In Indo-European languages such as English, German, Greek, French, Spanish, even Russian or Sanskrit, we are accustomed to the presence of certain features in verbs. They always carry specific markers of when something happened, the tense. They'll also carry a certain aspect of how something happened; subjunctive, imperative, indicative, passive, the verbal mood. Also common are markers of quality, such as progressive, perfective, or imperfective (accomplished through different ways, in English we load the sentence with helping verbs all over the place, in other languages like Latin the information is carried with the verb ending). Finally, they might be a marker for who is doing the action, the person (this widely varies; Romance languages are very specific about it, English barely acknowledges it, and most Scandinavian languages don't worry about it at all). We have certain expectations about the way a verb works. It is important, however, to know that these expectations cannot be relied upon when discussing Maori verbs. There are an unfathomable number of different ways human language can express the concepts listed above in ways different from the Indo-European model, context being one of them. The basic idea of what a verb is, though, does not change; a word expressing action.

Maori Verb Mood

This broadest category of verb quality, this requires some explanation. The most basic form of a Maori verb is its infinitive form. These do not follow a standard form; Maori verbs do not conjugate at all, so there is no need. The infinitive form alone is sufficient for the indicative mood. The imperative mood also uses the verb's base form, changes in tone and voice inflection based on context are enough to distinguish them. Keeping with the pattern so far, there is no conjugated subjunctive mood, it is indicated in a fashion similar to English by prefacing the verb with the particle kia ('let it be').

Passive Mood
This requires a little elaboration, since the passive is extremely important and more clearly marked in Maori than other moods. All passive verbs are constructed from the base infinitive form of the verb and an agglutinative termination. There are twelve possible terminations: -a, -ia, -hia, -kia, -mia, -ngia, -ria, -whia, -na, -ina, -rina, -whina. They all mean exactly the same thing. Why twelve, then? My source at this point, unfortunately, only states, "Maori pays much attention to euphony, and will therefore employ the most melodious-sounding word rather than follow a particular rule." While nice and romantic sounding, this is hardly informative from a linguistic standpoint, and incorrect to boot. Either the process is governed by rules (vowel harmony, elision, or restrictions of syllables are possibilities) or the forms are widely irregular according to patterns. In a round-a-bout way, those patterns or rules are the consequence of seeking the most 'melodious' word, so I can't fault Fr. Hawaria too greatly. Doing a little of my own analysis, there are some threads I can draw to help slightly in determining passive termination usage. Verbs ending in an 'e' or 'a' will employ the -a termination, for example haere (to go) to haerea (to be made to go). Consonants not featured in the list of passive terminations are often dropped in passive form, for example titiro (to look) to tirohia (to be seen). Maori passives are very clearly marked by one certain aspect, an ending with an i-a pattern (sounding very similar to e-a, which is probably the reason for the above pattern). Beyond that.. hooray for memorization.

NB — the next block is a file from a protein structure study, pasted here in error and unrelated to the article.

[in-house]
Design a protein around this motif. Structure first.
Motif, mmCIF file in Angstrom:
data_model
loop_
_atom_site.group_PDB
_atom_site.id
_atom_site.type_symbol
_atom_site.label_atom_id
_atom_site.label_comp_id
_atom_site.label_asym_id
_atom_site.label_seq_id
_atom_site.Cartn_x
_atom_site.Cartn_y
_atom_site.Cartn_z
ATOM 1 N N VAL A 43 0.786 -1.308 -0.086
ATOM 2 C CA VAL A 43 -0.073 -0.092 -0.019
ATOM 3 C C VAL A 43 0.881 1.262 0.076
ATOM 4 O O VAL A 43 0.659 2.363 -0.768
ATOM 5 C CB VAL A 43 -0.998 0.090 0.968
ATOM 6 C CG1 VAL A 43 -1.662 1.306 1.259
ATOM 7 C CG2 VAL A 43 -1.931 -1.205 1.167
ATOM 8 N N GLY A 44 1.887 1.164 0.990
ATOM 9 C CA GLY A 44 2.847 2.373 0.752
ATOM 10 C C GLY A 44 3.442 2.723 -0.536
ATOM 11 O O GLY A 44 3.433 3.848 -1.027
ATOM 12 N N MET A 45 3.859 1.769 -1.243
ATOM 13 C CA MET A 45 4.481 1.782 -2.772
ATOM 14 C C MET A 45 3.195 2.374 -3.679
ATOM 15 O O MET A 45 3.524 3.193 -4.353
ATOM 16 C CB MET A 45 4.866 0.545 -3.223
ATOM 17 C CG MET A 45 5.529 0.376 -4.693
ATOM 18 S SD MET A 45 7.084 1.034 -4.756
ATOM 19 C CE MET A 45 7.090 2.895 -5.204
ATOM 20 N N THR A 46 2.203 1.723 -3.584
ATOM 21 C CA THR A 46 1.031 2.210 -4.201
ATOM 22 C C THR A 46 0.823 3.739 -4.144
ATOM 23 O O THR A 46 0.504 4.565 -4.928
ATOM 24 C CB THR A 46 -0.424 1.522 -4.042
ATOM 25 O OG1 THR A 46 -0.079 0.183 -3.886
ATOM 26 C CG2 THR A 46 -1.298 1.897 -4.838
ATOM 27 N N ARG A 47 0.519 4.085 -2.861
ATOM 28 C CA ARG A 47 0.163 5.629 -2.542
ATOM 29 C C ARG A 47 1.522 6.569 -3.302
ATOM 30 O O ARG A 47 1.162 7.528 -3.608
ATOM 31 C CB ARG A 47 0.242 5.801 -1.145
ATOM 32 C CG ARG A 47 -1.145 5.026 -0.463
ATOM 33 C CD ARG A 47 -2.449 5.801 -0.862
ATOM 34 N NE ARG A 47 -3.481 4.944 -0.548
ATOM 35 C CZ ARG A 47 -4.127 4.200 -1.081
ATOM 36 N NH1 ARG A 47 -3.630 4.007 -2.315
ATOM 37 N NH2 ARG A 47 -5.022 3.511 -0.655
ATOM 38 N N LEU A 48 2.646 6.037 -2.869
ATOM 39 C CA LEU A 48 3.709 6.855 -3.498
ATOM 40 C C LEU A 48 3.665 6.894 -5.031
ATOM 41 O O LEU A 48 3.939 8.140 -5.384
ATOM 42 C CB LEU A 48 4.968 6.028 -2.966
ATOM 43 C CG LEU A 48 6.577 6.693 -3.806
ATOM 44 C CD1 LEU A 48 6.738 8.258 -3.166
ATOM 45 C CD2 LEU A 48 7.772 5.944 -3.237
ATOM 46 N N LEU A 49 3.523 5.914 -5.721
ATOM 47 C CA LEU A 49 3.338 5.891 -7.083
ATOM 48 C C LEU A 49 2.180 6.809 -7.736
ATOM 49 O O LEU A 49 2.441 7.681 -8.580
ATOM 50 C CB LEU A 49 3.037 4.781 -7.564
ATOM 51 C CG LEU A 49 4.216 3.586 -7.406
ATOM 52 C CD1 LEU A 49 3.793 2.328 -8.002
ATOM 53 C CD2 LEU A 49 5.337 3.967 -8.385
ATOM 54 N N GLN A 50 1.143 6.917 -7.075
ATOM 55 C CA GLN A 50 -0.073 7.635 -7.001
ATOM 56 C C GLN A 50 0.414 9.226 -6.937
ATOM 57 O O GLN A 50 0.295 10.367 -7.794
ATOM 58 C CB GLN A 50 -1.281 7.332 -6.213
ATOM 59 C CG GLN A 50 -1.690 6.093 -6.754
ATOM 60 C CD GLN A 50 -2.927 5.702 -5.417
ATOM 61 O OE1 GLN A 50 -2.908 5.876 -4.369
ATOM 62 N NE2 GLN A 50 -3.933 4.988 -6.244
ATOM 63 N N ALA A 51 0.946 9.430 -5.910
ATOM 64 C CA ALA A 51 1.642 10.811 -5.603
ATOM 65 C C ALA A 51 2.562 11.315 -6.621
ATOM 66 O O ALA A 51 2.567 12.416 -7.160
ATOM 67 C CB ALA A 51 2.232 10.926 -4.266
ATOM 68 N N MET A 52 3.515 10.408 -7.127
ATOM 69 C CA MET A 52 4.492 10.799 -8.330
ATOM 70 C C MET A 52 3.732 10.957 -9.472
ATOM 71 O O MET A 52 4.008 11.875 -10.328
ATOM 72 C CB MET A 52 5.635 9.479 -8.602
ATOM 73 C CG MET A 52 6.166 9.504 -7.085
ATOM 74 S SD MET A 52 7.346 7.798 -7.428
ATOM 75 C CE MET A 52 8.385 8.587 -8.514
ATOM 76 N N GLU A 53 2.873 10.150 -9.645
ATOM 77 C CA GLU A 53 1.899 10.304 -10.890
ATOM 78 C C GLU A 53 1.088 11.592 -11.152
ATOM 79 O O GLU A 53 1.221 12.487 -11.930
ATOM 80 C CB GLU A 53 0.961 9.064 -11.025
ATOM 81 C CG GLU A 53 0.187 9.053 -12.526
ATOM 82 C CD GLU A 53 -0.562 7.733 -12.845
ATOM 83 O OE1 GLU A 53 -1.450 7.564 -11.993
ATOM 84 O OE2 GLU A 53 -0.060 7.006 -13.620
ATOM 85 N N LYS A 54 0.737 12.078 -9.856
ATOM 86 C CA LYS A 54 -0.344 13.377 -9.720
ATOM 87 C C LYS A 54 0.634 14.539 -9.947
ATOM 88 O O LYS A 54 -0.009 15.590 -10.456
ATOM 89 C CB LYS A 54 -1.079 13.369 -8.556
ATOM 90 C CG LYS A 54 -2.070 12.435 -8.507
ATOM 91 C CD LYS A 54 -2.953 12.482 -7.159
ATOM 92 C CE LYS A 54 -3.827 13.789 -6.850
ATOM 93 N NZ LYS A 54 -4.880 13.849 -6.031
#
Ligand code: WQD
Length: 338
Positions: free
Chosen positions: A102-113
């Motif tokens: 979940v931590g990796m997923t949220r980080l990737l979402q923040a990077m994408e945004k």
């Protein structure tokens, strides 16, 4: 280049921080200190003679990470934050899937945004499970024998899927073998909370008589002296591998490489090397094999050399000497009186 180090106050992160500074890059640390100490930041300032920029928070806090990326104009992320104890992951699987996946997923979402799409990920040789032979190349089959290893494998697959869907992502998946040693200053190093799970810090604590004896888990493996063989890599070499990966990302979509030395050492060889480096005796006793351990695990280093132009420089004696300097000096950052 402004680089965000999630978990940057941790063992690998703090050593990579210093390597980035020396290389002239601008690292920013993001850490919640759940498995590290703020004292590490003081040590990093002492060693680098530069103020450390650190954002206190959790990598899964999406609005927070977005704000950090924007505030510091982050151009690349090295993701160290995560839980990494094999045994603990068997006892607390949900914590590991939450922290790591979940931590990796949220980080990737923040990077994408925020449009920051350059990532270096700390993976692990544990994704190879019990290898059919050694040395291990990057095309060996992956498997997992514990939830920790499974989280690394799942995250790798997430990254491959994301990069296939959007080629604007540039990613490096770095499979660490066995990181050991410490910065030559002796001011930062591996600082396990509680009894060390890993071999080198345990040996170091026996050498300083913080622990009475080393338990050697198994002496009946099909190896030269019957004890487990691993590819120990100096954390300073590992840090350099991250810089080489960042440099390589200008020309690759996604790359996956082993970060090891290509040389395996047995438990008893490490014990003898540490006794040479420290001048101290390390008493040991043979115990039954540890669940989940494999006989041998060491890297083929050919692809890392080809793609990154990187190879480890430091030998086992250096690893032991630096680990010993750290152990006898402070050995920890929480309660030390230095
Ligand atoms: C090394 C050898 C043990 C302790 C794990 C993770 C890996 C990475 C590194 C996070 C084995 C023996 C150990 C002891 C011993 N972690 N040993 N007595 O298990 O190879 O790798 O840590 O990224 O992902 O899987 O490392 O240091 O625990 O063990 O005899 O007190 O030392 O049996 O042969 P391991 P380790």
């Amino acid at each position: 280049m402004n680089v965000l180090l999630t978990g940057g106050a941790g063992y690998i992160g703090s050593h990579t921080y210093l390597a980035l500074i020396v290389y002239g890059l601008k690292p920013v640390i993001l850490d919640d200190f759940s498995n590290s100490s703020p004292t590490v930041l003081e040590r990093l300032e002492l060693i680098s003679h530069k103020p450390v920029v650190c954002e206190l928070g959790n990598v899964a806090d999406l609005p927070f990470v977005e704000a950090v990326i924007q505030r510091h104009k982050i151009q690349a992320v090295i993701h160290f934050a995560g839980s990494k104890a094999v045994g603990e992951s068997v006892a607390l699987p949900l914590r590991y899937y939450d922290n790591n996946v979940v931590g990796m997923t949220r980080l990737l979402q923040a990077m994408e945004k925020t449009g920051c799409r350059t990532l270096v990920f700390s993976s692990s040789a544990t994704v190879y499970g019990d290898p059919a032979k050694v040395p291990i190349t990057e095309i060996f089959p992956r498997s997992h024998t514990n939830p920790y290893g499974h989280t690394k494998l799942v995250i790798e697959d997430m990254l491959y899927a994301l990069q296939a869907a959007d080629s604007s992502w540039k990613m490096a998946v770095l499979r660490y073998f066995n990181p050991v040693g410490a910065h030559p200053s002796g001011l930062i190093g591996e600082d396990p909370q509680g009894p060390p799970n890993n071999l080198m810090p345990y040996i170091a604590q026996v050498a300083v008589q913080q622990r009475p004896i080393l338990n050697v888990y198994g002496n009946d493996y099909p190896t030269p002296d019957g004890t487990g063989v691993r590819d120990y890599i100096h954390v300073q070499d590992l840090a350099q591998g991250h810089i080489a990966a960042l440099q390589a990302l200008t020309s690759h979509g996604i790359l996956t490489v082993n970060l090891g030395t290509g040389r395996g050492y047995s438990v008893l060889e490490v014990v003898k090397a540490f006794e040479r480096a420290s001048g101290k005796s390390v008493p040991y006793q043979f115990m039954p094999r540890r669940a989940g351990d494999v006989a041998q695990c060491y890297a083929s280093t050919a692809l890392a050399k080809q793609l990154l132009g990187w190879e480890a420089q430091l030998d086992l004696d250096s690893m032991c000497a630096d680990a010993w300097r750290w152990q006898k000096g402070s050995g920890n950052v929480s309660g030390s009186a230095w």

Update from Gritchka! The endings apparently reflect the original final consonants of the verbs that were lost in proto-Polynesian.

One further thing on this topic, do you remember those rules about how it was improper to make wide use of passives in writing or speaking? That it made you sound weak, and it was better to stick with the active? Take those rules, throw them to the ground, stomp on them for a few times, and for good measure you might try a steamroller. Maori loves passive verbs and uses them more often than active. Especially in circumstances of obligation or necessity, the passive is most likely to be used.

Maori Verb Tense

Something a little simpler. Maori verbs do not conjugate for tense or person at all. Most information is derived from context. There are a series of 'time' particles that help specify tense when it is not clear, however. The progressive marker is e (verb) ana, and can be used for past, present, or future. For example, e hoki ana matou i a ia (going we with {proper} him) can mean, "we were going with him," "we are going with him," or "we will be going with him." The past definite marker, kua is also flexible, either having a perfective or imperfective aspect depending on context. The two other tense markers that do not vary are i (pronounced the same, but with a different vocal inflection from the preposition i (with) seen earlier) for past tense indefinite and ka for future tense.

Maori Verbal Nouns

Best translated by changing something like 'to lead' into 'the leading' and often matched with another verb, Maori verbal nouns are created in a similar fashion to the passive. The terminations for verbal nouns are -nga, -anga, -hanga, -manga, -ranga, -tanga, and -inga. Again, which one to use depends on the word it's modifying. As an example, pai te arahitanga o Hone ko te kuri tiki, "good the leading of John {object} the dog to fetch," or more fluidly, "It was good that John was lead to fetch the dog."

Harawira, K. T. Beginner's Maori. New York: Hippocrene Books, 1997.

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